Really interesting article in i paper tonight, from Richard Curtis, talking about some of the things he’s tried for Comic/Sport Relief, which haven’t necessarily worked, but the value in trying:

Fundraising in schools has always been absolutely key to our success – and, one year, we came up with the cracking idea of writing a little play that every school in the country could perform on Red Nose Day. Fresh off the back of writing Four Weddings and a Funeral, I was pretty sure I was the man for the job.

I wrote a 15-minute epic, in which children had to dress as various vegetables – and there was a very good moral at the end about social justice and parsnips or something. Throbbing with expectation and the excitement of creating a dramatic phenomenon, we sent out 22,000 copies of the play to the UK’s schools.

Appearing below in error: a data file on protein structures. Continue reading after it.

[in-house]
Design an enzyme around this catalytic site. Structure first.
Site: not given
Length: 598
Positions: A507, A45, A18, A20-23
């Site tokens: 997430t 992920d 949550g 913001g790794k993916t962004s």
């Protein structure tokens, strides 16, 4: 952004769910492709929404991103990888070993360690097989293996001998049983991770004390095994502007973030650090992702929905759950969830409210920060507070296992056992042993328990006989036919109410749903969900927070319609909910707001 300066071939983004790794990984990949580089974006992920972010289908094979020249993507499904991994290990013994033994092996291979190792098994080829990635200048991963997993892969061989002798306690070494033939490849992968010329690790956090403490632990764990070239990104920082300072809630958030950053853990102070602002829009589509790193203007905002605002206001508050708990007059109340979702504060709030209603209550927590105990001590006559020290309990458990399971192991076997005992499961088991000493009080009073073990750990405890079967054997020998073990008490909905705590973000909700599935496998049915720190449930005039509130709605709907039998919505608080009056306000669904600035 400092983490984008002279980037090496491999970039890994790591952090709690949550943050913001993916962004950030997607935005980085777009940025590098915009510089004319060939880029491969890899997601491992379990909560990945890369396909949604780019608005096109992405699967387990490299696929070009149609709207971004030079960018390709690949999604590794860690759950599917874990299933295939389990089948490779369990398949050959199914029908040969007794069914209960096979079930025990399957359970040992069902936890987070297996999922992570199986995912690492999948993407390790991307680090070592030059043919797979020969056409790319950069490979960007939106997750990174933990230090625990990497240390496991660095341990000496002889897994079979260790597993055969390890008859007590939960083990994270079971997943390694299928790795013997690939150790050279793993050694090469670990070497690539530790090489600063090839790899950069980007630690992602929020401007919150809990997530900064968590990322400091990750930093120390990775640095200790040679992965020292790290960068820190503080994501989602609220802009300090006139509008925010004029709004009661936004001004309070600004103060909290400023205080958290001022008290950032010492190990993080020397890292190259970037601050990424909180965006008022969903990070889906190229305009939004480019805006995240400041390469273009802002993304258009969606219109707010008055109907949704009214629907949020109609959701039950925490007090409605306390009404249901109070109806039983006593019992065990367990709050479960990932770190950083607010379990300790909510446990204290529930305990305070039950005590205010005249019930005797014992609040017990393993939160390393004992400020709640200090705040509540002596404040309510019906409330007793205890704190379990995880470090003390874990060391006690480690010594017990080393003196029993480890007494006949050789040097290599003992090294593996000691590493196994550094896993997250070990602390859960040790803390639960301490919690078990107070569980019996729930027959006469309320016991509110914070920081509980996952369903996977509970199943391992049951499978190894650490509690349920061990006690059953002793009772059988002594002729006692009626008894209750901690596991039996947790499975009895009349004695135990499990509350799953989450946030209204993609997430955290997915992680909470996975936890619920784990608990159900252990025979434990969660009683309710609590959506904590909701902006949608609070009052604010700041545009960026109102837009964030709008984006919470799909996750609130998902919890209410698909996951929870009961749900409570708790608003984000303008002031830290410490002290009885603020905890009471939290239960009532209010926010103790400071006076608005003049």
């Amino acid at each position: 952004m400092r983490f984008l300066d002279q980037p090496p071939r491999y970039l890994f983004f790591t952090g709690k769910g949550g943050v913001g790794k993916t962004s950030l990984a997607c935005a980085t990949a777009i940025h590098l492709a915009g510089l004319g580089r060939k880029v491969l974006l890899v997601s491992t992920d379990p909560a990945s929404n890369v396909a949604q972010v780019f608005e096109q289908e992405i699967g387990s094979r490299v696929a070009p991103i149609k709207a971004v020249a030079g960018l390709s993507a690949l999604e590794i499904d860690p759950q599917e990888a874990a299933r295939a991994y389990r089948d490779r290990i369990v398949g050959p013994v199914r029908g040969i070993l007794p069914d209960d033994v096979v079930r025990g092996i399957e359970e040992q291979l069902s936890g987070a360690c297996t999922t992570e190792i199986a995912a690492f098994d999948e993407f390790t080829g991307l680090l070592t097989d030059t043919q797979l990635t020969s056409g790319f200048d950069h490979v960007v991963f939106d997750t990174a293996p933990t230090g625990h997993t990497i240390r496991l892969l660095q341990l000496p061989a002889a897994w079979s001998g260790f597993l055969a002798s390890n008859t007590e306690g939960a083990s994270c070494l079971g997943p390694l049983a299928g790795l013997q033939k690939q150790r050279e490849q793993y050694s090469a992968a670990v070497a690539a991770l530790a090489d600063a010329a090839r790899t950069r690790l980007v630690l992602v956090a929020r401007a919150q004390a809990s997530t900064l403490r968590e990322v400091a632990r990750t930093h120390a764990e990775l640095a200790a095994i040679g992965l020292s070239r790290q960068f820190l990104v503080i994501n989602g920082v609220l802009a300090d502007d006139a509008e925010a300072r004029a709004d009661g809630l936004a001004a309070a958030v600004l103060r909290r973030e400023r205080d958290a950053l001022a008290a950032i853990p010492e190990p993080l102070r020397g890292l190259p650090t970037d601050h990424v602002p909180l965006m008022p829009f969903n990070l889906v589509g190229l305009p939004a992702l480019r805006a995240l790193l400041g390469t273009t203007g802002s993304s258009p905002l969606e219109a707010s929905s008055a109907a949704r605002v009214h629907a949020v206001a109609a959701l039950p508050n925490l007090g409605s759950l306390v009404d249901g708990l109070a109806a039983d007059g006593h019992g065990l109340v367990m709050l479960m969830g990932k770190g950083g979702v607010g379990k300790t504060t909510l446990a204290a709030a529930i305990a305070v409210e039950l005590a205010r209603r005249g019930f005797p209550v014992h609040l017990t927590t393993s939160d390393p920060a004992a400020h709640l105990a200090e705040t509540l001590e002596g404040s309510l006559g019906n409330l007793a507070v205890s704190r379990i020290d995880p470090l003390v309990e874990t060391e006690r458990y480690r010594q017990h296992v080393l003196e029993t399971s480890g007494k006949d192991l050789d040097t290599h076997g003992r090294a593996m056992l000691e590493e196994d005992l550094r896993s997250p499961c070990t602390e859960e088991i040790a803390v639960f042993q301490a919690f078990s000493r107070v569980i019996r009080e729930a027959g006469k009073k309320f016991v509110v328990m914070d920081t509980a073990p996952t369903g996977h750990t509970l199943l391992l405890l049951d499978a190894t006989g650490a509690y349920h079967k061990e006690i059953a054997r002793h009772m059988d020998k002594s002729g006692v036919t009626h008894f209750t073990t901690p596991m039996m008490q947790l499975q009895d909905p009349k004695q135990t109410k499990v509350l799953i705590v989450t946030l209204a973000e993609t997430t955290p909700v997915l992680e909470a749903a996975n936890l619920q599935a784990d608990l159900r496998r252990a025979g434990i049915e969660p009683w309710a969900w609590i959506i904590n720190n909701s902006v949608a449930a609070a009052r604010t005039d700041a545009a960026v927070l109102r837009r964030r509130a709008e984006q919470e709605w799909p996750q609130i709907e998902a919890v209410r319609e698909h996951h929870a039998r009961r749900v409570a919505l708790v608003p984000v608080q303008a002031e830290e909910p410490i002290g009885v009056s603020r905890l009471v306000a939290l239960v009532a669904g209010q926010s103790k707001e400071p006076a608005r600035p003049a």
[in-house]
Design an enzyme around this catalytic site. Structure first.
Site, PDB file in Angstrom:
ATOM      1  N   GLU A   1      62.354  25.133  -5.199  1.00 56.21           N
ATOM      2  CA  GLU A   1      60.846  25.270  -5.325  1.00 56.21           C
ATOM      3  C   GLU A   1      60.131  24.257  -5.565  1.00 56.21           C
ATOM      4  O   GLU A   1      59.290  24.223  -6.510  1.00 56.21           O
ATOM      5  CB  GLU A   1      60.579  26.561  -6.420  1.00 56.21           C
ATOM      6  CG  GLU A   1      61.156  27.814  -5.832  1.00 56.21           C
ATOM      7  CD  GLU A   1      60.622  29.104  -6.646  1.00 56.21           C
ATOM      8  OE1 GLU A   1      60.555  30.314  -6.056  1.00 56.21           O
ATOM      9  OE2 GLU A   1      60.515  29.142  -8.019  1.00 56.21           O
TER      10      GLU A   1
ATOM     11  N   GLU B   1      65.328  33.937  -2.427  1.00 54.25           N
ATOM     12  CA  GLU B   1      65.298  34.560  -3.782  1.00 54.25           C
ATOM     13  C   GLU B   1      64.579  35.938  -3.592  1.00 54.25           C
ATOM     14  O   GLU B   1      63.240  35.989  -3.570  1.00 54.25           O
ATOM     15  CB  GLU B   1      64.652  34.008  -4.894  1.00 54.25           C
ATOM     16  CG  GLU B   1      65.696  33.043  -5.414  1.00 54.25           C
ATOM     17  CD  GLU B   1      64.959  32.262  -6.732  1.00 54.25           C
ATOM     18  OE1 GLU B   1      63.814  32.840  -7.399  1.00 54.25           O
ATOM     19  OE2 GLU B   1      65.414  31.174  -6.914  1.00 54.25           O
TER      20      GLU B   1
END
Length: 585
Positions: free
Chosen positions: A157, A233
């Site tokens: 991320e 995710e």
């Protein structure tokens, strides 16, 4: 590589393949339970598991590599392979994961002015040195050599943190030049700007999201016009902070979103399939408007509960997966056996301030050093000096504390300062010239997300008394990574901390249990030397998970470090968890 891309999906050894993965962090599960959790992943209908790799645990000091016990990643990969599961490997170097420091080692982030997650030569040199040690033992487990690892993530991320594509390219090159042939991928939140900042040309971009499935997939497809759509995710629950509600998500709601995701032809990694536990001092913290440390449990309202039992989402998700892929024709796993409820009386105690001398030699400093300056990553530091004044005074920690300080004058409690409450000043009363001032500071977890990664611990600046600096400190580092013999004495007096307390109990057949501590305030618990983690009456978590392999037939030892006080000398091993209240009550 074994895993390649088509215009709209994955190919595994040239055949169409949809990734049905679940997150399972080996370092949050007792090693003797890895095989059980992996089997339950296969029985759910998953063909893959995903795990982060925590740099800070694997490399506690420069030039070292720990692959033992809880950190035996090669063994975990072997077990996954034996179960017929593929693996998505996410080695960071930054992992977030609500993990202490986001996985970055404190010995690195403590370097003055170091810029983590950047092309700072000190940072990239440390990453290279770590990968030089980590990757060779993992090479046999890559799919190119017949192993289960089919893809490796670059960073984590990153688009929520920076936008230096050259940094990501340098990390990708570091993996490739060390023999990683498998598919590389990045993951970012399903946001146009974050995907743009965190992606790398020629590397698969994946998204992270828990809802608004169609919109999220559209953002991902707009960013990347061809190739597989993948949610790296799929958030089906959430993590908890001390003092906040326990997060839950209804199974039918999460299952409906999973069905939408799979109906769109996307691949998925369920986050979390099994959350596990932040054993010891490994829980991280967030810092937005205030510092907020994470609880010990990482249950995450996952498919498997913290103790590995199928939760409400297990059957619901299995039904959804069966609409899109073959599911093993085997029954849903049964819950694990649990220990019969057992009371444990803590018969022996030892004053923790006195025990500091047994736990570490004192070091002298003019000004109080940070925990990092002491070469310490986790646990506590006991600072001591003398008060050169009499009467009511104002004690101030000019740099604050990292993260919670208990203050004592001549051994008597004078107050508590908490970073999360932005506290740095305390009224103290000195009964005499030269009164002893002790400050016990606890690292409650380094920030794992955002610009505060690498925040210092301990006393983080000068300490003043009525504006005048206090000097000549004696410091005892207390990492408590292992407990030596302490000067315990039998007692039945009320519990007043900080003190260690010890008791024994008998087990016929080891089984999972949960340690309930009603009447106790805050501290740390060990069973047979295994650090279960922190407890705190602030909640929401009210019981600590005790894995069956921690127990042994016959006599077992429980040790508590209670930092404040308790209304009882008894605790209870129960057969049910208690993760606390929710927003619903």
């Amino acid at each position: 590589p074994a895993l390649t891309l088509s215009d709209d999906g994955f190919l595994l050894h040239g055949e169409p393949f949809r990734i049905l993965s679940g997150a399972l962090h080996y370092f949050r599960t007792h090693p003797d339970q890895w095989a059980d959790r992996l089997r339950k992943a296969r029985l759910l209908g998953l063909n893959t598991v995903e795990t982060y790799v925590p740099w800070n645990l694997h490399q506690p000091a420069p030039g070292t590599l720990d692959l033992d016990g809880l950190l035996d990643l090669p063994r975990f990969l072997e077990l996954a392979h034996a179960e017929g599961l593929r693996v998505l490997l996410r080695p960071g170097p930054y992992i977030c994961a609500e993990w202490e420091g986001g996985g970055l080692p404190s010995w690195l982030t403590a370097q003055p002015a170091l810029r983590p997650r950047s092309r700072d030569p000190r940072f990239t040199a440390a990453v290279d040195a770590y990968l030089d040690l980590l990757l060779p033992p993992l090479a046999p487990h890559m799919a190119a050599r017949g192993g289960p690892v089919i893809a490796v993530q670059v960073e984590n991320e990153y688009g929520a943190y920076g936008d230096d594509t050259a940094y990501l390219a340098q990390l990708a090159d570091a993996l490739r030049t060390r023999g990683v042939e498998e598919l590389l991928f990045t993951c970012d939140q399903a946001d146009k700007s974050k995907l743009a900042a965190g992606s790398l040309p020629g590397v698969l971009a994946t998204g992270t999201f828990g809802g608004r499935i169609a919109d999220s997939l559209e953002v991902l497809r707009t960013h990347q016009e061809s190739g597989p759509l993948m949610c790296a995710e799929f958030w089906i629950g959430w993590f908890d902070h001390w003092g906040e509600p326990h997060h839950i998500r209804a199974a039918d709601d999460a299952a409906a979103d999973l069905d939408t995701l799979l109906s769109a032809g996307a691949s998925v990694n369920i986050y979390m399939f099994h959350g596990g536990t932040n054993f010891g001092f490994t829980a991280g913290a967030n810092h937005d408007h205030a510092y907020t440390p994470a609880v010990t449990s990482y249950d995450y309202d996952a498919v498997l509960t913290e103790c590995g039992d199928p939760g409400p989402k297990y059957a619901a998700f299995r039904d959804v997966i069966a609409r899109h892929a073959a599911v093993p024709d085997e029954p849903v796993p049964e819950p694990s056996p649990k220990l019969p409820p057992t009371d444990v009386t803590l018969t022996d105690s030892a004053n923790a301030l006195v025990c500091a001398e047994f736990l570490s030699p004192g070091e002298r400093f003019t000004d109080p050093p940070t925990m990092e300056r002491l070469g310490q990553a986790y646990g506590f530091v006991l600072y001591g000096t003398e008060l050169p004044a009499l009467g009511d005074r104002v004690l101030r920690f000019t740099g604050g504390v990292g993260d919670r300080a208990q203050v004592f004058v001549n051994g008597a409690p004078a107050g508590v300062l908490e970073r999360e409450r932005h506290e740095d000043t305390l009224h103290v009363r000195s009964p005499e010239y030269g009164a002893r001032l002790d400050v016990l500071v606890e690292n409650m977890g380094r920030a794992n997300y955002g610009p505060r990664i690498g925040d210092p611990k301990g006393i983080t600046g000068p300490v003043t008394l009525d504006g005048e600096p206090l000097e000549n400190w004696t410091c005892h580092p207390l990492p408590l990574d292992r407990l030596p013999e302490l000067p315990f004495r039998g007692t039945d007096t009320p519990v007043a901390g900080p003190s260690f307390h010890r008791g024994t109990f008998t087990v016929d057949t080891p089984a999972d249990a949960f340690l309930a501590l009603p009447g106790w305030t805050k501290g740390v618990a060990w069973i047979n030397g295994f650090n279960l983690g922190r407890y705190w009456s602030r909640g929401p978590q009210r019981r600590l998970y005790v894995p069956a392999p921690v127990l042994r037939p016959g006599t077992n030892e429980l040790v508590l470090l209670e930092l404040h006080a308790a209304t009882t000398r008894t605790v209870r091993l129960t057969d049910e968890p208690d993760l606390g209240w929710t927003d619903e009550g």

Final research revealed that, in the end, eight schools performed it. We never found out the total money raised. But it wasn’t a lot. Something in the region of £50. Or a bit less.

Read full story.

2 Responses

  1. In a weird way, I find that quite encouraging. There’s something healing knowing about other creatives or people on a mission who have a go and get it wrong, because you just can’t always predict what’s going to work. Also encouraging that he evidently had another go.

    Thanks for pointing me toward this! x

  2. Yup, I’m always encouraged more by the tales of people who’ve found their way through difficulties (and still face difficulties!) to make a difference … I find “my life is amazing and I don’t have to do anything to make it so” biographies etc quite hard to take, so I liked this piece! x

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